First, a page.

The “sales people” (in this example) only care about how the “web people” are going to make the website and other vehicles (email) give them clients. So they want an environment full of bold buttons and sales pitches all over the place. On the other side, the “web people” are thinking of the users and their experience, so they often forget that the end goal is to not only have happy web visitors, but also get those visitors to purchase and become customers.

So, what can we learn about communication from the “sales people” and the “web people?” There is clearly a lack of communication between the two sides, as neither truly understands why the other values what they value—which is likely something you deal with in your career as well.

How can you “Step Up” your communication if this problem exists? Simple—instead of just talking to people, work together to see how your departments or jobs are integral to the organization and both important. Which is exactly how I got the “sales people” and the “web people” at my old organization to become the “company people.”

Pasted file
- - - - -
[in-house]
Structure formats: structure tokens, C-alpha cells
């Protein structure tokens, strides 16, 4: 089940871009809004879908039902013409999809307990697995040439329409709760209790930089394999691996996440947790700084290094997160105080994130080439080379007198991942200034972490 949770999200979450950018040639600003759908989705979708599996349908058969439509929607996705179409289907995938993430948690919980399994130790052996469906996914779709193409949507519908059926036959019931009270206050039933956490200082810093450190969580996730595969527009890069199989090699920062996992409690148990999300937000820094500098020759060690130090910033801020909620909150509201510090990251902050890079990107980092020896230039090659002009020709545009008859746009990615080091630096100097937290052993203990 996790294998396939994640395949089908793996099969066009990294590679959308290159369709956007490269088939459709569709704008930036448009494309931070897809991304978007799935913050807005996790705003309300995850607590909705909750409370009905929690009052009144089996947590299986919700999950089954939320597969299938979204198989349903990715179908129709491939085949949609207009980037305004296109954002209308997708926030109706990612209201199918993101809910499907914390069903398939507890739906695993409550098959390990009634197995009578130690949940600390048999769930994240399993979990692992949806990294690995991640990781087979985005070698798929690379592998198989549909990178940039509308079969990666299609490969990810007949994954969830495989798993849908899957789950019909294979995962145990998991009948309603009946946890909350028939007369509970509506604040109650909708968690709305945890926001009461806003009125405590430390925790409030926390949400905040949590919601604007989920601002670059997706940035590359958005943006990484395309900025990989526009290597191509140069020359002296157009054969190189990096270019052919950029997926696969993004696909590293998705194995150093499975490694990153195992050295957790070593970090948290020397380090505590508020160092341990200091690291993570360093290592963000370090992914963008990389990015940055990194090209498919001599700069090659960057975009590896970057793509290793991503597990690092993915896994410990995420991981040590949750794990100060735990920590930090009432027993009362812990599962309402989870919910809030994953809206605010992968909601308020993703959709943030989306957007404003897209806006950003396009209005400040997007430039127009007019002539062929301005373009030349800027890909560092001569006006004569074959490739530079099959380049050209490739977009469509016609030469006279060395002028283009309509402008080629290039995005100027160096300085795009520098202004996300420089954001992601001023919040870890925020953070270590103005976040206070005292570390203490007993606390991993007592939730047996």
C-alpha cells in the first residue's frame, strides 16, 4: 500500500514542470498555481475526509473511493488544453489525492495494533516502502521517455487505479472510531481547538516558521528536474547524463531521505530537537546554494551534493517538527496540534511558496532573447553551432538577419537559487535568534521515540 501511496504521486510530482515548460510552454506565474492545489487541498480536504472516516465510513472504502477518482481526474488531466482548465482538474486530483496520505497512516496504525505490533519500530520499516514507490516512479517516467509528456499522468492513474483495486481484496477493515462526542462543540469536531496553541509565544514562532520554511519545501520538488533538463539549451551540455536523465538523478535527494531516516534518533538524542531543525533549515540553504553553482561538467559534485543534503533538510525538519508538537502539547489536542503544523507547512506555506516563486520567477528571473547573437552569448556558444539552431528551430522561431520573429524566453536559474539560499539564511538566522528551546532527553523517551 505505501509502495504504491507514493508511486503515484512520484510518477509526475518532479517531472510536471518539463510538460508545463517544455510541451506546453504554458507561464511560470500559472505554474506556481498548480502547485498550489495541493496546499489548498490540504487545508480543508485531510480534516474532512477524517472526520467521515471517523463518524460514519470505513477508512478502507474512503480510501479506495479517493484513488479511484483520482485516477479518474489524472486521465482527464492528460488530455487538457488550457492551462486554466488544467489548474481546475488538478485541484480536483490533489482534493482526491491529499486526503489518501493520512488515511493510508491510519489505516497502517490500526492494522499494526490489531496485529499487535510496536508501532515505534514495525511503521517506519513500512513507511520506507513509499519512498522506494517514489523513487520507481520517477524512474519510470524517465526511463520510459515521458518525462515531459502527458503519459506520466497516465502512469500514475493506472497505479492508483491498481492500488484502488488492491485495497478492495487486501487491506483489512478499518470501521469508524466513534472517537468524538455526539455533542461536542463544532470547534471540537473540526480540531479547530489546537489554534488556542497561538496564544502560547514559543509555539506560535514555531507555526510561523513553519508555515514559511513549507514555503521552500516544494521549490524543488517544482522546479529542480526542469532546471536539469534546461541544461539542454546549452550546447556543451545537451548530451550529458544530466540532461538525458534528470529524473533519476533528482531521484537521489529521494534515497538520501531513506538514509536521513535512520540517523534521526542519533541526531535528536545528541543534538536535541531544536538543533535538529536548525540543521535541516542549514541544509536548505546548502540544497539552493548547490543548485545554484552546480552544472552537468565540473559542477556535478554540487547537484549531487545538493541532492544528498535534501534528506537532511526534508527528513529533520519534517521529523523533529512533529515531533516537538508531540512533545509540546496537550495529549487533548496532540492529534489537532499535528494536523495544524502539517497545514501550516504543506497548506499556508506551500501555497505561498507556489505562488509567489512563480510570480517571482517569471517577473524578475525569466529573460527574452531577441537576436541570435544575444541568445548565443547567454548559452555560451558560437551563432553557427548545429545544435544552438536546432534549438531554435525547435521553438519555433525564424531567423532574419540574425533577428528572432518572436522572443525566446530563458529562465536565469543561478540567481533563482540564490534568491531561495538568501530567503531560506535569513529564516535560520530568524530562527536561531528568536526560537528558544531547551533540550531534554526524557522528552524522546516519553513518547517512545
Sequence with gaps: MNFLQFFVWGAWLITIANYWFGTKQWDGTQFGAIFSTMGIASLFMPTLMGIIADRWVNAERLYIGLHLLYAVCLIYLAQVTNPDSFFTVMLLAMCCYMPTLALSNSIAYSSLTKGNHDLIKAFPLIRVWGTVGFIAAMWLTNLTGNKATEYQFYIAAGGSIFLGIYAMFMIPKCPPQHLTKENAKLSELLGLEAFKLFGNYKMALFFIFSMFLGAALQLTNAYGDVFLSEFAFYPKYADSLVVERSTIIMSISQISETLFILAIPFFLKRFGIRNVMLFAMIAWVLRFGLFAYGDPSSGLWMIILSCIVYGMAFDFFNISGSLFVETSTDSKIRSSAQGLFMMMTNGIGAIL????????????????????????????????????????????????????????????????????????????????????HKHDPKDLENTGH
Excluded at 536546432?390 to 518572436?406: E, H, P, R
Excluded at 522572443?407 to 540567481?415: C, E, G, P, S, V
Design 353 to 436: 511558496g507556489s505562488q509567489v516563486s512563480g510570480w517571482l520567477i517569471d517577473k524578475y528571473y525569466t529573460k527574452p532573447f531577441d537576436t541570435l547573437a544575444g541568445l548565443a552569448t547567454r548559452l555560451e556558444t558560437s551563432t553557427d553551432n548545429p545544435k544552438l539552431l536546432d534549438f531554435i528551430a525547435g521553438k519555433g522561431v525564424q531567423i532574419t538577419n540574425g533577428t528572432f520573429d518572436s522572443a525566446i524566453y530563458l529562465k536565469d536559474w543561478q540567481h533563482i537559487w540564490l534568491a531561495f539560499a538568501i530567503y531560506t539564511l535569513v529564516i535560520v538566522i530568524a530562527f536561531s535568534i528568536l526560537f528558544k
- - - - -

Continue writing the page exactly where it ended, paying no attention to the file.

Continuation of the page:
“Step Up” Your Goals

You know what the most common reason why people do not set goals? They are afraid of not meeting them. The second most common reason? They forget about it in the day-to-day hustle of getting all of their other responsibilities completed.

I am 100 percent guilty of the second reason—as I am sure many of you are. We sometimes get too focused on the seemingly insurmountable task of completing 60 hours of work in 40, that we often forget what it is like to achieve something major we really wanted to. This in turn leads us to that normal feeling of, “Oh great, time to get back on the work week grind” when Monday rolls around again.

Since we cannot just stop doing our regular tasks in order to tackle major goals we have been missing out on, how can we truly accomplish this final “Step Up?”

That is a good question. If delegation is an option, that is likely going to be key. Do not view it as giving away the tasks you do not have time to do, instead, view it as freeing yourself up to do the tasks you strive to do.

This “internal struggle” is one that is going be presented to me next week as a new member joins my team. As someone who likes to oversee every single task and detail, delegating to my new team member will allow me to set major goals, create strategy and execute those goals in 2017 and beyond.

If you can, delegate some of those responsibilities and at the same time, set yourself some achievable goals to reward your hard work and effort in 2017!